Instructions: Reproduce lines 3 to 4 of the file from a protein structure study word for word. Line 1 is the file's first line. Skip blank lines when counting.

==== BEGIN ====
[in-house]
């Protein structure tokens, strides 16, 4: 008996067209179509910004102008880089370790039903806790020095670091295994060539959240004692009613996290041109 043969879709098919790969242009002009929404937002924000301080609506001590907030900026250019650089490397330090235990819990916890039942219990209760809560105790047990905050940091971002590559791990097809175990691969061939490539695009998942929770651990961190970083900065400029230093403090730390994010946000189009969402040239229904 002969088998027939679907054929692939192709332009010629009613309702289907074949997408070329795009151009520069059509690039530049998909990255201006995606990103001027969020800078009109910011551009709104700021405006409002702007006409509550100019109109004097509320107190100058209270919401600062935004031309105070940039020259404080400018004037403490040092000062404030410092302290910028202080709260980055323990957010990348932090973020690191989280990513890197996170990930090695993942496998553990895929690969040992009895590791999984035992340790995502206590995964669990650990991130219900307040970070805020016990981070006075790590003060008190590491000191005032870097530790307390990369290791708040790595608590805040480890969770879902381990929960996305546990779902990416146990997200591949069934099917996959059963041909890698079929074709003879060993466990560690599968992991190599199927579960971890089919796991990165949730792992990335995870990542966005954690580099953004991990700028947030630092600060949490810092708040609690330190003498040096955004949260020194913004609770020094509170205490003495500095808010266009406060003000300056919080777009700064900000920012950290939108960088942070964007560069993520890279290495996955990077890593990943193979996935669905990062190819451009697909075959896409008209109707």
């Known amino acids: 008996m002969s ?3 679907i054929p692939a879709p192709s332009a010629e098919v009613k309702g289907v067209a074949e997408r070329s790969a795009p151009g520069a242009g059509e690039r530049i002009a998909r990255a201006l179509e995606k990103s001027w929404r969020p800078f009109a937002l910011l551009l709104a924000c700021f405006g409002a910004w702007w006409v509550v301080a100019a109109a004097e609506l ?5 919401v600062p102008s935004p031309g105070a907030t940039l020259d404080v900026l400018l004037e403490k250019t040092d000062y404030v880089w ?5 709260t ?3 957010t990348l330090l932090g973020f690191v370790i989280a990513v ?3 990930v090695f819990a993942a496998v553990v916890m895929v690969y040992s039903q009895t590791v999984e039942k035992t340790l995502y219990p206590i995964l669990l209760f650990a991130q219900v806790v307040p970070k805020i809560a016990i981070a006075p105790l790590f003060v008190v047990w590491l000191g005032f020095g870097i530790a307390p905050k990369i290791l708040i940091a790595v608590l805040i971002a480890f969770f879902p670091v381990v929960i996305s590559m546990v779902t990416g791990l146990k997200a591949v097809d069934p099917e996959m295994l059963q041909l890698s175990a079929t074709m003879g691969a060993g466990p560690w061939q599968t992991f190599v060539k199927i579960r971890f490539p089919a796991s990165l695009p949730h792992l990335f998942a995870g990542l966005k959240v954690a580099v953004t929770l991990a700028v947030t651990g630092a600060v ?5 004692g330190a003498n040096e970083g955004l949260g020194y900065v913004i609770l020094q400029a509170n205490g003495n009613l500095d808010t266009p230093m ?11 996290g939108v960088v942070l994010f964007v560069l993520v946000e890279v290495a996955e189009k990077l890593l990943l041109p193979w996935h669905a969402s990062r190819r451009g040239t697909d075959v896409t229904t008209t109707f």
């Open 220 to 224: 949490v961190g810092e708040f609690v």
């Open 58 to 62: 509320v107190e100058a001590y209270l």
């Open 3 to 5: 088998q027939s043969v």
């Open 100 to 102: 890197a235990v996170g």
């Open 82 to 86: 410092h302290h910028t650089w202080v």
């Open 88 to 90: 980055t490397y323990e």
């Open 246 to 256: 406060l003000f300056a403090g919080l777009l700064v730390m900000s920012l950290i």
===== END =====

């Known amino acids: 008996m002969s ?3 679907i054929p692939a879709p192709s332009a010629e098919v009613k309702g289907v067209a074949e997408r070329s790969a795009p151009g520069a242009g059509e690039r530049i002009a998909r990255a201006l179509e995606k990103s001027w929404r969020p800078f009109a937002l910011l551009l709104a924000c700021f405006g409002a910004w702007w006409v509550v301080a100019a109109a004097e609506l ?5 919401v600062p102008s935004p031309g105070a907030t940039l020259d404080v900026l400018l004037e403490k250019t040092d000062y404030v880089w ?5 709260t ?3 957010t990348l330090l932090g973020f690191v370790i989280a990513v ?3 990930v090695f819990a993942a496998v553990v916890m895929v690969y040992s039903q009895t590791v999984e039942k035992t340790l995502y219990p206590i995964l669990l209760f650990a991130q219900v806790v307040p970070k805020i809560a016990i981070a006075p105790l790590f003060v008190v047990w590491l000191g005032f020095g870097i530790a307390p905050k990369i290791l708040i940091a790595v608590l805040i971002a480890f969770f879902p670091v381990v929960i996305s590559m546990v779902t990416g791990l146990k997200a591949v097809d069934p099917e996959m295994l059963q041909l890698s175990a079929t074709m003879g691969a060993g466990p560690w061939q599968t992991f190599v060539k199927i579960r971890f490539p089919a796991s990165l695009p949730h792992l990335f998942a995870g990542l966005k959240v954690a580099v953004t929770l991990a700028v947030t651990g630092a600060v ?5 004692g330190a003498n040096e970083g955004l949260g020194y900065v913004i609770l020094q400029a509170n205490g003495n009613l500095d808010t266009p230093m ?11 996290g939108v960088v942070l994010f964007v560069l993520v946000e890279v290495a996955e189009k990077l890593l990943l041109p193979w996935h669905a969402s990062r190819r451009g040239t697909d075959v896409t229904t008209t109707f």
């Open 220 to 224: 949490v961190g810092e708040f609690v």